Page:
IList<IPropertyInfo> infos = sourceEntity.Value.FieldManager.GetRegisteredProperties();
                foreach (IPropertyInfo propertyInfo in infos)
                    if (sourceEntity.Value.FieldManager.FieldExists(propertyInfo))
                        IFieldData sourceFieldData = sourceEntity.Value.FieldManager.GetFieldData(propertyInfo);
                        if(sourceFieldData.Value is IEntity || sourceFieldData.Value is IEntitySet)

                        IFieldData targetFieldData = target[sourceEntity.Key].FieldManager.GetOrCreateFieldData(propertyInfo);
                        targetFieldData.Value = sourceFieldData.Value;

            foreach (KeyValuePair<int, IEntity> targetEntity in target)


RockfordLhotka replied on Sunday, October 10, 2010

This is interesting, thank you for sharing.

Have you looked at the DiffGram sample? It does something not entirely different (though not as ambitious), though it doesn't actually clone the objects across the wire - just a subset of the object graph.


Andreas replied on Saturday, October 16, 2010

I looked at DiffGram sample and I think it's a much more general approach. But I am wondering if it will work with Silverlight because the DiffGram classes are not using managed properties?
There is one more problem that I might have with this approach. It’s the implementation of  ImportFrom. It calls MarkOld() at the end of each import. This is (at least in our scenarios) problematic because MarkOld() fires OnPropertyChanged on each property and this again fires the associated business rules before the full object graph is build up. This causes trouble because some complex business rules look up for values in other objects in the object graph (the parent or child) and these objects might not have been imported at that time. That’s why I am calling MarkOld() in my SaveChanges() implementation after the full object graph has been imported. What do you think?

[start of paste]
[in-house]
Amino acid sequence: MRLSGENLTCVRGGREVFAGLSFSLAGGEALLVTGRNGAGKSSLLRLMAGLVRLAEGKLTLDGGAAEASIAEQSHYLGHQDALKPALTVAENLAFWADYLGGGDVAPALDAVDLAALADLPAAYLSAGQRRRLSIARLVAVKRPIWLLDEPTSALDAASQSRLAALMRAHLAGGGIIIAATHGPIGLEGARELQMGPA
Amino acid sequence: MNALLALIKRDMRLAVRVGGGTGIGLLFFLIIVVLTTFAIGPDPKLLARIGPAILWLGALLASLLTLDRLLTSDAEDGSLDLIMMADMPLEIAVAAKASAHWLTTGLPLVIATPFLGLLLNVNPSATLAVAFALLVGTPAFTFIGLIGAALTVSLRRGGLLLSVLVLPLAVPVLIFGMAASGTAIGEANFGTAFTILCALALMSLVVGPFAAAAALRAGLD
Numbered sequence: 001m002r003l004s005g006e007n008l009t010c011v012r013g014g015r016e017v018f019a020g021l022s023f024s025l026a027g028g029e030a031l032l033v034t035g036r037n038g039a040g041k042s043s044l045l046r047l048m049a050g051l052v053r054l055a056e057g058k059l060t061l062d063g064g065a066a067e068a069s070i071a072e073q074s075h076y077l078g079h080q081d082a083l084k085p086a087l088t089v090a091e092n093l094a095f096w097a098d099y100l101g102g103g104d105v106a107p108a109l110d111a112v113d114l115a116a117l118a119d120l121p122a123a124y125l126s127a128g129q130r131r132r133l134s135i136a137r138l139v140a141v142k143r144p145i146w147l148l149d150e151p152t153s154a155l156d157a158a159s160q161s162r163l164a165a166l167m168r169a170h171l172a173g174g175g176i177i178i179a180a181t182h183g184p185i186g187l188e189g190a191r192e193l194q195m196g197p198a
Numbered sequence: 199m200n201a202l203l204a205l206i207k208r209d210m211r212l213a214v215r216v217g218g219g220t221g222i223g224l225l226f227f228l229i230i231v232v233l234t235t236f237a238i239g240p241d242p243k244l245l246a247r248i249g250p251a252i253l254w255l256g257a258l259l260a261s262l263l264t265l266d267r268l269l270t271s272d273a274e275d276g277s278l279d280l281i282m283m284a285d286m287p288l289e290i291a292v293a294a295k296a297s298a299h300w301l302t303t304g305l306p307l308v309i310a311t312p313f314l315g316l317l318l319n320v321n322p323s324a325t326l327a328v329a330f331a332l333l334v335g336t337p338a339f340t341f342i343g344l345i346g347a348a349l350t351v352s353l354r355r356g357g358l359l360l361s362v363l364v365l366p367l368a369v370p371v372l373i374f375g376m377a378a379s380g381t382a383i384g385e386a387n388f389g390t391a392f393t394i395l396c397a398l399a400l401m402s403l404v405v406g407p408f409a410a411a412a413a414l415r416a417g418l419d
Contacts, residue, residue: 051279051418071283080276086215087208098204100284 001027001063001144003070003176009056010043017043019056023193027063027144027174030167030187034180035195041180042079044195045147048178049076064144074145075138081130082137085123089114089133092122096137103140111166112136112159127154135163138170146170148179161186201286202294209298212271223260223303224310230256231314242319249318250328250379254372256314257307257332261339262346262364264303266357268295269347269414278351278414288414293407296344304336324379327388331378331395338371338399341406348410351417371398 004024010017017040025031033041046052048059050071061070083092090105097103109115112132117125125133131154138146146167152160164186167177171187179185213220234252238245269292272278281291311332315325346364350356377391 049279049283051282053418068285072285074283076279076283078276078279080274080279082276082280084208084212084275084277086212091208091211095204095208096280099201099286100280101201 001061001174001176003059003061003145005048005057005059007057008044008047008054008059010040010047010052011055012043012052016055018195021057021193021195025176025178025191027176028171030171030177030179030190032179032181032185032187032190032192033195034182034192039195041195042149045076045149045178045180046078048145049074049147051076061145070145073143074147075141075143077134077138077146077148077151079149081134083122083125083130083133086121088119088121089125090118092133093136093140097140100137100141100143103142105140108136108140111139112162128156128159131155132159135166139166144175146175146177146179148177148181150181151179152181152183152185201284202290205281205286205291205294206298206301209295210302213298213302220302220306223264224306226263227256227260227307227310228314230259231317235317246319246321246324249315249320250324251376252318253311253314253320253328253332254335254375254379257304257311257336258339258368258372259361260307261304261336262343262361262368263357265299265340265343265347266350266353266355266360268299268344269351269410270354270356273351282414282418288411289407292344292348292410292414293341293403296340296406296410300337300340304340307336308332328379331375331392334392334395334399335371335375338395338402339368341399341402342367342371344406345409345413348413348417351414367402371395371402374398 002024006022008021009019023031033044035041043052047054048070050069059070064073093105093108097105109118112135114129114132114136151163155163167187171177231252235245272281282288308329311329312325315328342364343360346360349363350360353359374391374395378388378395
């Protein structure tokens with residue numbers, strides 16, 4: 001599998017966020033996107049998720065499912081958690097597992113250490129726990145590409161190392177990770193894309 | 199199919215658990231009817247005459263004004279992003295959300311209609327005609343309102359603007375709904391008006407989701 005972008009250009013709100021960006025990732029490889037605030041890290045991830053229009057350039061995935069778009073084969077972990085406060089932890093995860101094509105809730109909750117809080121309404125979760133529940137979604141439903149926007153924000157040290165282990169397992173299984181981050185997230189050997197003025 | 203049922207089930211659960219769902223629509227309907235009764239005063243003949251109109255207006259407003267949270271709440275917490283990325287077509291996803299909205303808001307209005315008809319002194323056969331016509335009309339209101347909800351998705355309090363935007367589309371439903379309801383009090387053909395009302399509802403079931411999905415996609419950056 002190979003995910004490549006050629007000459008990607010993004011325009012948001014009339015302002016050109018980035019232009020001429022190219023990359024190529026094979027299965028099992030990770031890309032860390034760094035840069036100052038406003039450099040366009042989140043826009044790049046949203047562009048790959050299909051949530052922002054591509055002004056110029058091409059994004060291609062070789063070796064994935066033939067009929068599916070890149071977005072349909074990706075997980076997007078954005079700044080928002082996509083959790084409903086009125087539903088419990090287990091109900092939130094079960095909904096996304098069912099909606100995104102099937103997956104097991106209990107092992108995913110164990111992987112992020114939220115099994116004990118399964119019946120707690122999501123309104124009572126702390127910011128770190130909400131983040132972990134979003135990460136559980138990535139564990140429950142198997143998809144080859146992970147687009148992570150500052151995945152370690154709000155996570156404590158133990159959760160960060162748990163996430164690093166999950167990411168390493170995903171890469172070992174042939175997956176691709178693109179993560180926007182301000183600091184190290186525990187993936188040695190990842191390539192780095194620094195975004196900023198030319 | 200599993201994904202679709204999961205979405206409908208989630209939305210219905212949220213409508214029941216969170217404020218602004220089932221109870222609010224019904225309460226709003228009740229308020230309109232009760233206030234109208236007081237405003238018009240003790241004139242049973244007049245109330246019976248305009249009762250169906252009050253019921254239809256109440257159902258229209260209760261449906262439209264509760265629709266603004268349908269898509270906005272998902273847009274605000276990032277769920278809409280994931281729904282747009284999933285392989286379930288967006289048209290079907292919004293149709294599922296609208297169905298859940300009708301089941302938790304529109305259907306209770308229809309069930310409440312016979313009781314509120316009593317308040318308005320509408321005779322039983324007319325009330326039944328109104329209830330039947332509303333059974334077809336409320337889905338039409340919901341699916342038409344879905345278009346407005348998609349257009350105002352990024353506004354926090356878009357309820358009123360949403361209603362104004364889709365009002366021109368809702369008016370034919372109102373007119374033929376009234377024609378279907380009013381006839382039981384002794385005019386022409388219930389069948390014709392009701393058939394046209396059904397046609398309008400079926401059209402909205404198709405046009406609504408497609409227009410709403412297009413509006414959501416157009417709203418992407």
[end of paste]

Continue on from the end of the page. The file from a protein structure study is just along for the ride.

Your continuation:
RockfordLhotka replied on Saturday, October 16, 2010

CSLA doesn't run business rules based on the PropertyChanged event. The PropertyChanged event is for data binding, and really has nothing to do with the way CSLA invokes rules.

It is true that the diffgram objects would need to use managed backing fields to work on SL, and that could require a little effort.

Copyright (c) Marimer LLC